Thomas Kottke, MD, MSPH, HealthPartners Institute of Education and Research; Co-investigator, ESCALATES
I have more to share on the power of cardiac preventive care.
I was getting ready this week to go to Helsinki to teach our annual short-course on chronic disease prevention, and looking over the recent work done by my colleagues in Finland. I found an article by Pekka Jousilahti and Tiina Laatikainen reported in the BMJ. They report changes in coronary heart disease mortality rates that were associated with a comprehensive cardiac prevention program.
Between the years 1969-1972 and 2012, coronary heart disease mortality decreased by 82% among men and 84% among women aged 35-64 years, respectively. During the first 10 years, changes in blood pressure, smoking and serum cholesterol contributed to nearly all of the observed mortality reduction. What my colleagues told me, that is not in the article is this: over the same time period, life expectancy – most of it healthy – increased by 10 years for both men and women of middle age.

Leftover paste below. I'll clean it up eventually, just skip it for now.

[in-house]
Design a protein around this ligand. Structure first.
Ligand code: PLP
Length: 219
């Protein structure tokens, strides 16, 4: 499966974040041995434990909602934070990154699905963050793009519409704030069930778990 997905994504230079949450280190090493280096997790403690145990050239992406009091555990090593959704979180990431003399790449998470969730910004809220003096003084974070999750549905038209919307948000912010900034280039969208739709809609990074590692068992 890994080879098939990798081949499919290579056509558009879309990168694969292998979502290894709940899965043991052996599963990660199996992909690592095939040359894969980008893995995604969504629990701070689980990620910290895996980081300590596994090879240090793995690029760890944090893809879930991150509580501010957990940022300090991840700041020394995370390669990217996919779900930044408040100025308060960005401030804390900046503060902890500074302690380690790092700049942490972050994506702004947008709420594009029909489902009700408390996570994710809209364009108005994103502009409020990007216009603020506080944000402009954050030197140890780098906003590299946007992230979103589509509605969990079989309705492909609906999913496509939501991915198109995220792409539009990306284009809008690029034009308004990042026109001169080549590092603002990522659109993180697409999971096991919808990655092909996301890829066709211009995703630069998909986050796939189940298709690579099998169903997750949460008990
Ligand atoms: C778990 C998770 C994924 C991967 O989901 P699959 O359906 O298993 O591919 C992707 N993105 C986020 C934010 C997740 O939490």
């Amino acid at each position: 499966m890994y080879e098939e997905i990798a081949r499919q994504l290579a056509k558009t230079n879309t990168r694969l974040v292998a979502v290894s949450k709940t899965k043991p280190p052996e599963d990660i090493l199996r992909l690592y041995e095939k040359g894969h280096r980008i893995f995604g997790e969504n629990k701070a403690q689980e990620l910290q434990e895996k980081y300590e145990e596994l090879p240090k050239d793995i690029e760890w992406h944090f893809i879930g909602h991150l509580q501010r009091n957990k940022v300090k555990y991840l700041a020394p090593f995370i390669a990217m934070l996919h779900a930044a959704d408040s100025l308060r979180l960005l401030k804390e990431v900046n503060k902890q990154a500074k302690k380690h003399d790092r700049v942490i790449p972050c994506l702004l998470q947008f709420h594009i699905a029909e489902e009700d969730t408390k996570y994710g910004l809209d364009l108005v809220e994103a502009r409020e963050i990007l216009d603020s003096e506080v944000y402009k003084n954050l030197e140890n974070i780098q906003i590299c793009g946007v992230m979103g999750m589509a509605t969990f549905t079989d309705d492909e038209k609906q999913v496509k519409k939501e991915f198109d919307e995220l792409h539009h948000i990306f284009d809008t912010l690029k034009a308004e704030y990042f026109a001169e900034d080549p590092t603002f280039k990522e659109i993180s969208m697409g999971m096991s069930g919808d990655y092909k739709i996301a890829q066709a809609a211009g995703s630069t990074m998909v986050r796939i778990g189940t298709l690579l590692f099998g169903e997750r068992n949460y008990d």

Since the mid-1980s, the observed reduction in mortality has been larger than predicted, but the majority of the decline was still attributable to primary prevention. This amazed me because in 1985 we thought that a 70% decline in mortality was as much as we could get with intervention.1
I’ve linked the BMJ article below. The Finnish experience is evidence that, given time and persistence, EvidenceNOW can extend the healthy life expectancies of tens of millions of Americans, and the ESCALATES evaluation – with the data cooperatives and their practices are sharing – can show others the outcome of this effort and how this happens.
- Kottke TE, Puska P, Salonen J T, Tuomilehto J, Nissinen A. Projected effects of high-risk versus population-based prevention strategies in coronary heart disease. Am J of Epidem. 1985;121(5), 697-704. ↩